UK insurer wants right to collect accident data before agreeing to offer self-driving car coverage

The MP’s panel, which is hearing evidence from self-driving car experts, was told by senior insurance industry officials that it should be given the right to collect “crash data” from driverless vehicles. They are on British roads.

The commission was also told that in the future, it is likely that the car, not the driver, will be insured.

Mark Shepherd, General Insurance Policy Officer at the Association of British Insurers (ABI), says that in order to be able to properly evaluate insurance claims, it needs to be able to access the “crash data” stored in self-driving cars. He told the House Transportation Committee that there is.

he said: It doesn’t work or causes conflicts. ”

Mr Shepard said:

“But the transition period is actually very important because it is a time when different types of vehicles with different technologies interact with each other and real-world driving conditions change. , I think it’s the combination of the two that creates a lot of uncertainty in the next period,” he added.

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Britain’s Prince William (R), Duke of Cambridge, visited Milton Keynes to celebrate the city’s 50th anniversary on September 26, 2017, and was shown a self-driving car. (Chris J. Ratcliffe/AFP via Getty Images)

The driver will be “system administrator”

Later, Becky Guy, road safety manager for the Royal Society for Accident Prevention, said this transition period, when vehicles were not fully automated, was perhaps the most dangerous.

“At the moment, one of the key issues is that partially automated vehicles will issue transition requests, effectively transitioning the role of the driver from operating the vehicle to being a system administrator,” she said. It’s an idea,” he said.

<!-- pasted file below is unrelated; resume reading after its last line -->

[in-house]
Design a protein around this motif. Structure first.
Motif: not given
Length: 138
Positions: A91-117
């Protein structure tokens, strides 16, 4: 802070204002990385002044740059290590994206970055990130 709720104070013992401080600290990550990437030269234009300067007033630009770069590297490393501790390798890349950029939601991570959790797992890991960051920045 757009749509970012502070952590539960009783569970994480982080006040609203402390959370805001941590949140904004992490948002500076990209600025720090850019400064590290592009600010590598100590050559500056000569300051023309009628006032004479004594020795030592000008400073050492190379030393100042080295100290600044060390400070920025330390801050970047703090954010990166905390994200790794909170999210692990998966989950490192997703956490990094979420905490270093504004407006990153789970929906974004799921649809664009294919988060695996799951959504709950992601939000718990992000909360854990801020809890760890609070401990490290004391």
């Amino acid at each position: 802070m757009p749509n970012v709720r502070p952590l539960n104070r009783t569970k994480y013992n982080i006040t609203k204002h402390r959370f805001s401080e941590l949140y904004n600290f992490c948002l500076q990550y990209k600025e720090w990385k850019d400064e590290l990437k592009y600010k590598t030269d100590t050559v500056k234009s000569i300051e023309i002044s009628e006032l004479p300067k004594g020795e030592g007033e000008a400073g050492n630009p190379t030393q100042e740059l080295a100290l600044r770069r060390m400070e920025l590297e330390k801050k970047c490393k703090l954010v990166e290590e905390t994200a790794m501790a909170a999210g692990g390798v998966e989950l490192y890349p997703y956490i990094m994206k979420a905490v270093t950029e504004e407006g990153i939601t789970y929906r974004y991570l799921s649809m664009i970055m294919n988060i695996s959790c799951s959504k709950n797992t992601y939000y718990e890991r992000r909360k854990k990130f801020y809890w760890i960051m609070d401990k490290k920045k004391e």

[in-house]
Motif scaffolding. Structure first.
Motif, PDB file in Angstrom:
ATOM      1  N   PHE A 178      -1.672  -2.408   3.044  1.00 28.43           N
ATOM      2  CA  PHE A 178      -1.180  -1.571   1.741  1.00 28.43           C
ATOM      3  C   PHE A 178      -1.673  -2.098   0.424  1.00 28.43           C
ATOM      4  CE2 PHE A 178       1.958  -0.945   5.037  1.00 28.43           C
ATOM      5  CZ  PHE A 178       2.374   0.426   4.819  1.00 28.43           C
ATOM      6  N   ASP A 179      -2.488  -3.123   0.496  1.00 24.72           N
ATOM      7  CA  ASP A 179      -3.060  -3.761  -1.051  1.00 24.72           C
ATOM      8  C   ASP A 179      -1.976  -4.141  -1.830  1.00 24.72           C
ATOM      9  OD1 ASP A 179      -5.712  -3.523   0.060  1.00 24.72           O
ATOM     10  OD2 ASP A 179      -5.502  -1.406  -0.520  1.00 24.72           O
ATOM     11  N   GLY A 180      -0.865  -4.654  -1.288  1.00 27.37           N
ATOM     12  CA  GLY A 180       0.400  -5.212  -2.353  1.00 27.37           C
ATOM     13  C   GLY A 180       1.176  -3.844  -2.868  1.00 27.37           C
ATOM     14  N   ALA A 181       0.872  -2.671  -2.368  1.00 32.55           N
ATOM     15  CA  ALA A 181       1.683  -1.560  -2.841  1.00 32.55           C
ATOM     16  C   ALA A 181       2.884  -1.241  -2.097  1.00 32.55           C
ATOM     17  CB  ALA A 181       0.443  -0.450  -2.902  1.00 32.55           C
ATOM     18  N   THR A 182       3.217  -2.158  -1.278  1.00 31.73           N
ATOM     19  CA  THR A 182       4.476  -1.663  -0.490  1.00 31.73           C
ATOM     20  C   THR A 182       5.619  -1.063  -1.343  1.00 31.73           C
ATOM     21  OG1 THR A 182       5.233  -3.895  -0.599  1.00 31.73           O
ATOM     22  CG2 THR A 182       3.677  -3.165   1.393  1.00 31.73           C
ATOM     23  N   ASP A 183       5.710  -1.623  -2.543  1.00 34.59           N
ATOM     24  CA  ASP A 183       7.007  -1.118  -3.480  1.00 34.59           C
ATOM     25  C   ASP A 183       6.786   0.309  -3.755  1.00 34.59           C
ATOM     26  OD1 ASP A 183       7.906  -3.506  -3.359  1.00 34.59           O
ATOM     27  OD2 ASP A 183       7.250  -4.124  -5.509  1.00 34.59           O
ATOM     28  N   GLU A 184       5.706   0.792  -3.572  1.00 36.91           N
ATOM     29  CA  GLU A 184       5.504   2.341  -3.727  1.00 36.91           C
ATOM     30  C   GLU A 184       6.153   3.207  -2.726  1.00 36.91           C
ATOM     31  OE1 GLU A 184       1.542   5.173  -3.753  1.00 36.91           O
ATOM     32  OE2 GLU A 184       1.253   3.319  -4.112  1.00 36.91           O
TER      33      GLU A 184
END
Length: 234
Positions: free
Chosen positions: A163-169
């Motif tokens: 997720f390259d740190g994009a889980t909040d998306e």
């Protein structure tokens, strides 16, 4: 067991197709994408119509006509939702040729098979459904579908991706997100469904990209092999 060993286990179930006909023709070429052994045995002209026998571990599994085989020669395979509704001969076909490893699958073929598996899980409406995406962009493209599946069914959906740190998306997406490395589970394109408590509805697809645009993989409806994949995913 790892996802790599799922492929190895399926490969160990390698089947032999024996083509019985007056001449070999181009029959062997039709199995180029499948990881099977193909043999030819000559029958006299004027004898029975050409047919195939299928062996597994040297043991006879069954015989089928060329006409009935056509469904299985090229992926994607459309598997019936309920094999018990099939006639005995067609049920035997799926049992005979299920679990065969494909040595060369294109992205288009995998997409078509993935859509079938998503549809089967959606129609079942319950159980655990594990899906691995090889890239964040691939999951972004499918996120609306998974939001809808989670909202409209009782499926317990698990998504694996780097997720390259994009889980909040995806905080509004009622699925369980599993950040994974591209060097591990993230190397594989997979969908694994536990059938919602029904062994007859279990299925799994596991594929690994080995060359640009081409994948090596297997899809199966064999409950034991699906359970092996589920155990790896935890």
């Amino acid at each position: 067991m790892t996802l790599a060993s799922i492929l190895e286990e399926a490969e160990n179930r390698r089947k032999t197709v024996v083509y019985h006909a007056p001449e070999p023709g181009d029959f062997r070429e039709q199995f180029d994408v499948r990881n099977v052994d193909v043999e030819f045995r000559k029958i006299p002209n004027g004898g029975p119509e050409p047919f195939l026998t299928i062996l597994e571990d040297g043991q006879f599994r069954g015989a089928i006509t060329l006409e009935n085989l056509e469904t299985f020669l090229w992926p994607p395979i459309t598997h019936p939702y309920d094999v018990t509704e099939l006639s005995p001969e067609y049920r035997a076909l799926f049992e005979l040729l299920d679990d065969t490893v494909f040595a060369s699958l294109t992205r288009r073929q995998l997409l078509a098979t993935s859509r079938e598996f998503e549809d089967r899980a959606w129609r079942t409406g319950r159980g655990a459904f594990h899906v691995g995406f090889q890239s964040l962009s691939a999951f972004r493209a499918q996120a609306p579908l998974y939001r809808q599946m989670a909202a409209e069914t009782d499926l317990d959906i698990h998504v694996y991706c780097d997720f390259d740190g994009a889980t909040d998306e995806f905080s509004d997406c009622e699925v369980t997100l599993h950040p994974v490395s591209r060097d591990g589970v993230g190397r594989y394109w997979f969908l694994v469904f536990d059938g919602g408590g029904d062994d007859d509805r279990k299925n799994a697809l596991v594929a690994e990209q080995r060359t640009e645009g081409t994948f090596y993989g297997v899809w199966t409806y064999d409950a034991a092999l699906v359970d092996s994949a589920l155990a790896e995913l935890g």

“And the real challenge here is to keep that person in the loop of that vehicle, especially as the system works in many situations where you may have to intervene or the vehicle may crash. Especially if drivers start believing that it’s very low,’ then they might tend to pay less attention to driving,’ Guy said.

She said one of the “irony of automation” is that “far from easing the driver’s driving task, the system requires the driver to control the vehicle and make highly complex decisions.”

Shepard said the insurance industry believes autonomous vehicle technology is potentially “great”. Adaptation of this technology has great benefits, but the regulations and laws that support it need to catch up with the technology if we are to become a world leader in its field. ”

Technological advances lead to ‘political’ challenges

Jack Stilgoe, professor of science and technology policy at University College London, was asked whether self-driving cars would make road pricing easier to implement. Created as UK motorists gradually switch to electric vehicles.

“In principle, it would be easier technically to know who is driving where and when, and to set road prices accordingly, but that doesn’t make it political,” Stilgoe said. says.

He also said speeding could be a thing of the past, but many drivers would resent not being able to drive as fast as they wanted.

Stilgoe said: However, I believe that democratic debate is necessary when advancing technology development so that there is no risk of backlash. ”

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Google’s self-driving Lexus car is parked at Google’s event in Mountain View, Calif., May 13, 2014. (Eric Risberg/AP Photo)

Ben Gardner, a technology attorney at Pinsent Masons, told MPs that as a result of Brexit, the UK was free to draft its own laws on self-driving cars, but said: The largest export market for automobiles is Europe. Therefore, it makes no sense to develop vehicles and technology in one of the United States’ largest export markets, where he ultimately passes laws that are not legally compliant. ”

Last month, the National Highway Traffic Safety Administration announced that 11 people died in the United States in accidents involving vehicles with self-driving systems between May and September of this year.

Ten of the deaths involved Tesla vehicles, but it wasn’t clear if they were caused by technical or driver error.

Chris Summers


Chris Summers is a UK-based journalist with a wide range of national coverage, with a particular interest in crime, police and law.